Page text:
VENICE (Reuters) - The makers of an Egyptian film exploring the subjugation of women across the Middle East say they have won widespread praise as well as deeply personal criticism since the movie was released.
“Scheherazade: Tell Me a Story,” screened at the Venice film festival outside the main competition, tells the story of Hebba, a successful talk-show host whose husband urges her to steer clear of politics in order to forward his own career.
As the deputy editor of a state-run newspaper in Cairo, Karim has been told by officials he is in line for the top job as long as his wife tones down the provocative content of her popular television slot.
But by inviting women to tell their personal, tragic stories, she unwittingly exposes fundamental flaws in Egyptian society where, the film argues, women are treated as sexual trophies and used and abused as men see fit.
When a man who tricks one of the women in order to extort money turns out to be a senior party figure, Hebba’s comfortable life and seemingly perfect marriage begin to fall apart.
Director Yousry Nasrallah told reporters in Venice that the backlash to Scheherazade, named after the fictional storyteller in “One Thousand and One Nights” had come not from the censors but from “fundamentalist and conservative trends in society.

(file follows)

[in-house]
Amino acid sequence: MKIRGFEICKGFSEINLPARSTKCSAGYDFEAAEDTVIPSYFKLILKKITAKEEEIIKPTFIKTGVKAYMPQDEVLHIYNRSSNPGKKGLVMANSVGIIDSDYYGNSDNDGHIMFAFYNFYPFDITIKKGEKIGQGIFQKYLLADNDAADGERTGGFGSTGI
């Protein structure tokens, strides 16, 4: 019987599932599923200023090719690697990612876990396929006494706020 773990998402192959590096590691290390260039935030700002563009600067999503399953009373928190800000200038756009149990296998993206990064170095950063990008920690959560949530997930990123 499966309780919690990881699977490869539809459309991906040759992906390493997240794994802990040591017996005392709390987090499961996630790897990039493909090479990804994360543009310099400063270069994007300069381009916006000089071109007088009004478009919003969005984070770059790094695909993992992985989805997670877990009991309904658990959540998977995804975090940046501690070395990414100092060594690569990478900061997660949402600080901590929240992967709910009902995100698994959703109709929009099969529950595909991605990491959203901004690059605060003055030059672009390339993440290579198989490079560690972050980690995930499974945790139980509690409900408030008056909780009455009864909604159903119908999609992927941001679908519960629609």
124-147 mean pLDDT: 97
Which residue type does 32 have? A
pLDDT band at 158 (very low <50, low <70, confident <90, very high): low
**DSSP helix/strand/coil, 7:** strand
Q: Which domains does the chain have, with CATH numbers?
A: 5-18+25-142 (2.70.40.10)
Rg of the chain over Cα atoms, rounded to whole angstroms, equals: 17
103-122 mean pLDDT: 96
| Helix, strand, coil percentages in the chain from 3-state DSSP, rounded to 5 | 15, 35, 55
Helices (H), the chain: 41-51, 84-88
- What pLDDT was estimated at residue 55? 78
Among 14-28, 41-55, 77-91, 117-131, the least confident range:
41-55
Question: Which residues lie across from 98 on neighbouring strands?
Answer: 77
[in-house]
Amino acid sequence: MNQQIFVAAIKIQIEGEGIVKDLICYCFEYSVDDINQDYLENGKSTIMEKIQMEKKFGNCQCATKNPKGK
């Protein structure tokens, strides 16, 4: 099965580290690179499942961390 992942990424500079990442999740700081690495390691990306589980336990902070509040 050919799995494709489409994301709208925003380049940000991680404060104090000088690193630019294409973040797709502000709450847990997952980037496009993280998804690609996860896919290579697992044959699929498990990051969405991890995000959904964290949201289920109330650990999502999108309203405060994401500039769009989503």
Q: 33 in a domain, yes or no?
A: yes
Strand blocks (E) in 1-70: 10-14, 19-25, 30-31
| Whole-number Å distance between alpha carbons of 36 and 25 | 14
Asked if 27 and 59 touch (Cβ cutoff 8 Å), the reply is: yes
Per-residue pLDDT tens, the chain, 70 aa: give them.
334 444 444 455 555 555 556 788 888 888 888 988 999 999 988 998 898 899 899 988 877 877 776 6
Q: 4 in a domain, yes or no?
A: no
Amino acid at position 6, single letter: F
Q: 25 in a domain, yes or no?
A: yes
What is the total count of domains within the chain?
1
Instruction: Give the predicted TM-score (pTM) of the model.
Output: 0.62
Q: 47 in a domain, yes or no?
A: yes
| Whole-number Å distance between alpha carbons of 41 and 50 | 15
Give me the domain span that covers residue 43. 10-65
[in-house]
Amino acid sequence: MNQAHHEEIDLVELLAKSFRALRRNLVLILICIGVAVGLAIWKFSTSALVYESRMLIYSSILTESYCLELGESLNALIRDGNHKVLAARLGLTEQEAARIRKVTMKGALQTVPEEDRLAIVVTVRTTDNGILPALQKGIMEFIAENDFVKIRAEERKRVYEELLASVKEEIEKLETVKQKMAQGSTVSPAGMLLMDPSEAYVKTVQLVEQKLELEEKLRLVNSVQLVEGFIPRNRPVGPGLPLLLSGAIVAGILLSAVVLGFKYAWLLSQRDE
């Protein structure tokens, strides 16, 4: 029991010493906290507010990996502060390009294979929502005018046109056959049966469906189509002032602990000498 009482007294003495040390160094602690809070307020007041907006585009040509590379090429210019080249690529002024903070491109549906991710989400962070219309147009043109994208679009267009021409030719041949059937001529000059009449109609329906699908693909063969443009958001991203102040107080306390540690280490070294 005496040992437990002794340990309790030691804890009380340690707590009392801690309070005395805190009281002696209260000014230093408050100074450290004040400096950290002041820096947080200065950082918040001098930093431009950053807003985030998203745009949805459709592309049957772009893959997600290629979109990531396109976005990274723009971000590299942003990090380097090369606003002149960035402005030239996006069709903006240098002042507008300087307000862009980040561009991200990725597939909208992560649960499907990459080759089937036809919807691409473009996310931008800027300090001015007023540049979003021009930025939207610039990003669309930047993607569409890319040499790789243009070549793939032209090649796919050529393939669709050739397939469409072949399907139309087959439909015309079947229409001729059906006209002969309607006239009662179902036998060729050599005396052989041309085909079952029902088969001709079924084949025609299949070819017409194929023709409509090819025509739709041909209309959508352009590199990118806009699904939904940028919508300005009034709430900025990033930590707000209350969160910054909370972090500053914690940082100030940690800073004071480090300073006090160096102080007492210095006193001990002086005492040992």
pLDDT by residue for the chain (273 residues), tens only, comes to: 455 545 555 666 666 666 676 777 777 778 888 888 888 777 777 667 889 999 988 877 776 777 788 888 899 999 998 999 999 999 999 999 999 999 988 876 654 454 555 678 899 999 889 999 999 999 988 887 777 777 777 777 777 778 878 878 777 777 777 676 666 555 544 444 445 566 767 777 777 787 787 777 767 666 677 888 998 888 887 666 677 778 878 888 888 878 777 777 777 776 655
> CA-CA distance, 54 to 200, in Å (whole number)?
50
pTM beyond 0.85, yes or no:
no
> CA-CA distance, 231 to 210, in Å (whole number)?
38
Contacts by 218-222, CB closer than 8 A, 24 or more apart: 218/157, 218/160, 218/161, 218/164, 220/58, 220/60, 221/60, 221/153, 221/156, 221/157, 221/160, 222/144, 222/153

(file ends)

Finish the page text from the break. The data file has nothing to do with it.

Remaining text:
“The only thing the censors object to was the last shot of the abortion scene which we had to cut out,” he said. “The problems didn’t come from censorship.”
Lead actress Mona Zaki, as Hebba, has borne the brunt of the criticism, some of which she said was unjustifiably personal.
“It shocked me, although I did know that I would be attacked,” she said.
“It was too harsh, it was too judgmental, it was more on my personal relationship (with my husband) than on my work. It was more to do with Egyptian culture than the movie.”
Zaki added that she drew comfort from the many positive responses to the movie, which she said carried an important message about how women were treated in the Middle East.
Reaction in Venice has been broadly positive, with Screen International’s review saying: “Surprisingly, if there are any objects of desire in this film, they are male rather than female which throws an unexpected light on sexual relations in Egypt.”
In Egypt, Joseph Fahim of the Daily News Egypt called it one of the country’s most important movies of the decade.
“Scheherazade is a film that Egypt thoroughly needs; a wake-up call to the sordid world our leaders, religious guides and fathers have created,” he wrote.
In production notes for the movie, Nasrallah said that as well as addressing “the misogyny prevailing in Egyptian society,” his aim was to put women back at the center of Egyptian cinema which marginalized them for more than 20 years.
Editing by Steve Addison